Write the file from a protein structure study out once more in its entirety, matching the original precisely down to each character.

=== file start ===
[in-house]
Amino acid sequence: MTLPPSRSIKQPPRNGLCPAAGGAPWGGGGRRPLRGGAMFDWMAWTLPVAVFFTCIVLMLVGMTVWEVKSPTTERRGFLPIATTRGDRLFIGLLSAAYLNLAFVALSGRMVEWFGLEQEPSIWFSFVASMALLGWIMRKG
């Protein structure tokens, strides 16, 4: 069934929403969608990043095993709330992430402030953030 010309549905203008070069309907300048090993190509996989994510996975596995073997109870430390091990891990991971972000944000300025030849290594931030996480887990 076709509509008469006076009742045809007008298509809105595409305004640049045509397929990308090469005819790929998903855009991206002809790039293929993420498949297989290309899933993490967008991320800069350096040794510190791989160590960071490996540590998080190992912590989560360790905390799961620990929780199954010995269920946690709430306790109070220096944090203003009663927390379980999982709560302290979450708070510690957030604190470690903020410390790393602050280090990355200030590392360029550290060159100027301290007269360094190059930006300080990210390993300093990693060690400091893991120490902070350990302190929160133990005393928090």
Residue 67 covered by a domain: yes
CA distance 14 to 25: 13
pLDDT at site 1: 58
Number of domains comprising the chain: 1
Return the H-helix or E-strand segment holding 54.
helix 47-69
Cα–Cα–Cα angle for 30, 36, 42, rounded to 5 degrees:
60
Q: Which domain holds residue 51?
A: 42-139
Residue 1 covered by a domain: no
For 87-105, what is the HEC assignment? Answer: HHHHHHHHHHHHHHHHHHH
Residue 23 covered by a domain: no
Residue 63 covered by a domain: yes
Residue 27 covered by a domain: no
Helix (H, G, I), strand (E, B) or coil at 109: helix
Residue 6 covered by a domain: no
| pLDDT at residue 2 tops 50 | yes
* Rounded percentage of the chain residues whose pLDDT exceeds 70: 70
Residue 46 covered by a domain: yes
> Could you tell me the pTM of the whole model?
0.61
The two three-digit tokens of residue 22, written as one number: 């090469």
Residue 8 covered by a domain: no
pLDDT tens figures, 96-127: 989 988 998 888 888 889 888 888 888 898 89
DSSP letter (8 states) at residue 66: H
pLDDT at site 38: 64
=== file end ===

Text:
[in-house]
Amino acid sequence: MTLPPSRSIKQPPRNGLCPAAGGAPWGGGGRRPLRGGAMFDWMAWTLPVAVFFTCIVLMLVGMTVWEVKSPTTERRGFLPIATTRGDRLFIGLLSAAYLNLAFVALSGRMVEWFGLEQEPSIWFSFVASMALLGWIMRKG
């Protein structure tokens, strides 16, 4: 069934929403969608990043095993709330992430402030953030 010309549905203008070069309907300048090993190509996989994510996975596995073997109870430390091990891990991971972000944000300025030849290594931030996480887990 076709509509008469006076009742045809007008298509809105595409305004640049045509397929990308090469005819790929998903855009991206002809790039293929993420498949297989290309899933993490967008991320800069350096040794510190791989160590960071490996540590998080190992912590989560360790905390799961620990929780199954010995269920946690709430306790109070220096944090203003009663927390379980999982709560302290979450708070510690957030604190470690903020410390790393602050280090990355200030590392360029550290060159100027301290007269360094190059930006300080990210390993300093990693060690400091893991120490902070350990302190929160133990005393928090």
Residue 67 covered by a domain: yes
CA distance 14 to 25: 13
pLDDT at site 1: 58
Number of domains comprising the chain: 1
Return the H-helix or E-strand segment holding 54.
helix 47-69
Cα–Cα–Cα angle for 30, 36, 42, rounded to 5 degrees:
60
Q: Which domain holds residue 51?
A: 42-139
Residue 1 covered by a domain: no
For 87-105, what is the HEC assignment? Answer: HHHHHHHHHHHHHHHHHHH
Residue 23 covered by a domain: no
Residue 63 covered by a domain: yes
Residue 27 covered by a domain: no
Helix (H, G, I), strand (E, B) or coil at 109: helix
Residue 6 covered by a domain: no
| pLDDT at residue 2 tops 50 | yes
* Rounded percentage of the chain residues whose pLDDT exceeds 70: 70
Residue 46 covered by a domain: yes
> Could you tell me the pTM of the whole model?
0.61
The two three-digit tokens of residue 22, written as one number: 């090469």
Residue 8 covered by a domain: no
pLDDT tens figures, 96-127: 989 988 998 888 888 889 888 888 888 898 89
DSSP letter (8 states) at residue 66: H
pLDDT at site 38: 64